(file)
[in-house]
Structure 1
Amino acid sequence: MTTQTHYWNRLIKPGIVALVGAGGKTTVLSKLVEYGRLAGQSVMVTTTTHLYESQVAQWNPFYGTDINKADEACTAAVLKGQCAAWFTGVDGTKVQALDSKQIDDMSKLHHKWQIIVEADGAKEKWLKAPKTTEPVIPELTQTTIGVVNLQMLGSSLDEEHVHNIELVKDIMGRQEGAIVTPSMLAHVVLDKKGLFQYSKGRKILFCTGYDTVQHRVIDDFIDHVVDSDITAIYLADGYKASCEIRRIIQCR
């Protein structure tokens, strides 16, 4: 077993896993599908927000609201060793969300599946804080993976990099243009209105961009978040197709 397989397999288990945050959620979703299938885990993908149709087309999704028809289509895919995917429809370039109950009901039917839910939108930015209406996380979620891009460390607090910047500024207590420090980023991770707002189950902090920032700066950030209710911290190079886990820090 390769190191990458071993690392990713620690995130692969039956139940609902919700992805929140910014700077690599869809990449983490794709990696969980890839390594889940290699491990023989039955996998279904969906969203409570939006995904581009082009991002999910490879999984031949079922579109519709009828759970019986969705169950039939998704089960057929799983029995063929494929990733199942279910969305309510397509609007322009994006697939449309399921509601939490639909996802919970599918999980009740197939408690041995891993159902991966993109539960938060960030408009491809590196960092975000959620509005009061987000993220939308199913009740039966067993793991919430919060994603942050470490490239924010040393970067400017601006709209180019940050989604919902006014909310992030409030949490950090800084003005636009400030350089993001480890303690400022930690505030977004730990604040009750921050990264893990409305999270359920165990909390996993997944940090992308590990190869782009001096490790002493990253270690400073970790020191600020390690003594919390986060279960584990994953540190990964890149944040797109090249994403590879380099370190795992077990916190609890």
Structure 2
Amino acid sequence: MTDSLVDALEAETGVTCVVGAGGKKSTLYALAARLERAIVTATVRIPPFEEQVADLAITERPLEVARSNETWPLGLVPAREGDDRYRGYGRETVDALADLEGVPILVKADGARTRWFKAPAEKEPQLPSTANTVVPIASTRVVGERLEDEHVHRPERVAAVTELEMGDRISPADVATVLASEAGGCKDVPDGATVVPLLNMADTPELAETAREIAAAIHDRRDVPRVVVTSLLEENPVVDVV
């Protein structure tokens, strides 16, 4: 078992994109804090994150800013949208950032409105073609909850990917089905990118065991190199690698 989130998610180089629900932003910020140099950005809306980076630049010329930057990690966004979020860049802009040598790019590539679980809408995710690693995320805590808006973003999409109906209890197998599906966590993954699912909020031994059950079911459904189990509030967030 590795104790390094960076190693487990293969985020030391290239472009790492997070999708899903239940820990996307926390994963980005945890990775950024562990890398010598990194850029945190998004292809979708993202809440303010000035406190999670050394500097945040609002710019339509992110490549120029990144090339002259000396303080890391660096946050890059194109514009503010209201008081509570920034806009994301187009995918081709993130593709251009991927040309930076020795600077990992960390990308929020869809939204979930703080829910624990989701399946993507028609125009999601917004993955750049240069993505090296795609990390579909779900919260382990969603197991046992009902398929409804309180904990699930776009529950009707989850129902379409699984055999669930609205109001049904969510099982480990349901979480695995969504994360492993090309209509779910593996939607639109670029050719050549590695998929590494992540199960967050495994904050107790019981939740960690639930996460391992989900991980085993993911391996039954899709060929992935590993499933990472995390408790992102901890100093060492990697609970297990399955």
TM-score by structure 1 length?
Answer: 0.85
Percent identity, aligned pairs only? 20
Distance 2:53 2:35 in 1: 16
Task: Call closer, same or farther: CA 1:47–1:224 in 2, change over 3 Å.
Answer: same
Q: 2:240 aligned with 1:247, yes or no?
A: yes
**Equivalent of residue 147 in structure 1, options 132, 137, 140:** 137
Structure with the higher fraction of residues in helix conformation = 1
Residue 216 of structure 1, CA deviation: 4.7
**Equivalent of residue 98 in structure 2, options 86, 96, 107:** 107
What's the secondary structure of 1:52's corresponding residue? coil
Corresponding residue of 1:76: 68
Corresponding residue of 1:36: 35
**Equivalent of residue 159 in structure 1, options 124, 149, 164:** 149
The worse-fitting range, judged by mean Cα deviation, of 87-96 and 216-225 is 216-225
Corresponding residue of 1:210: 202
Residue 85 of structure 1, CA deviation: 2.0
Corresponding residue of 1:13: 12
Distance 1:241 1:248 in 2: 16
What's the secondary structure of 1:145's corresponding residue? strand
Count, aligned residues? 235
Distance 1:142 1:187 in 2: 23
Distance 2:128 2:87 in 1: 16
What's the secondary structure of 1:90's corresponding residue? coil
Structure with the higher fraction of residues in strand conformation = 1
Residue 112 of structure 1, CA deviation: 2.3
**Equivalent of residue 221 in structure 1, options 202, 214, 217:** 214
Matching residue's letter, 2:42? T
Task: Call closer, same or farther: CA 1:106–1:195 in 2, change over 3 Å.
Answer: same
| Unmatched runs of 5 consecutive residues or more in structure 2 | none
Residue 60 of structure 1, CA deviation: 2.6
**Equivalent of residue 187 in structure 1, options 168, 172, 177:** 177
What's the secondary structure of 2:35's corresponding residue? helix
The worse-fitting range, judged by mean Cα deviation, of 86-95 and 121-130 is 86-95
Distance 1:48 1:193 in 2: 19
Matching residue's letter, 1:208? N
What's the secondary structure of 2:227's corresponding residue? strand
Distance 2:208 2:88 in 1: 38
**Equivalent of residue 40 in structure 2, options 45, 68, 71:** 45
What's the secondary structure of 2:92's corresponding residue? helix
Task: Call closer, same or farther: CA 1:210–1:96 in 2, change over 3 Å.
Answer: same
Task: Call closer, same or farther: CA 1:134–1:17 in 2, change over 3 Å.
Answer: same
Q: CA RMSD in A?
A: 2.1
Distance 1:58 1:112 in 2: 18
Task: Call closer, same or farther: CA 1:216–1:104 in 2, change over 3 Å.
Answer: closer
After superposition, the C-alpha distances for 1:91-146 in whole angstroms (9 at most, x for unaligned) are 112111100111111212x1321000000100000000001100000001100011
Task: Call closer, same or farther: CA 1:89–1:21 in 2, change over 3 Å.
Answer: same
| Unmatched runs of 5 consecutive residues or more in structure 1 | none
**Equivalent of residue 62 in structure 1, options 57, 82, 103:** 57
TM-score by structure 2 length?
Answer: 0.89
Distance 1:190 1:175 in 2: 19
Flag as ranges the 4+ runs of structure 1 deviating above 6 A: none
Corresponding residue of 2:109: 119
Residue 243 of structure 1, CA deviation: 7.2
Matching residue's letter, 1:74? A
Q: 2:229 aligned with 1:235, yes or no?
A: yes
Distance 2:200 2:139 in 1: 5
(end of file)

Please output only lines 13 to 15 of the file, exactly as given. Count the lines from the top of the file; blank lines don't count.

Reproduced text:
Answer: same
Q: 2:240 aligned with 1:247, yes or no?
A: yes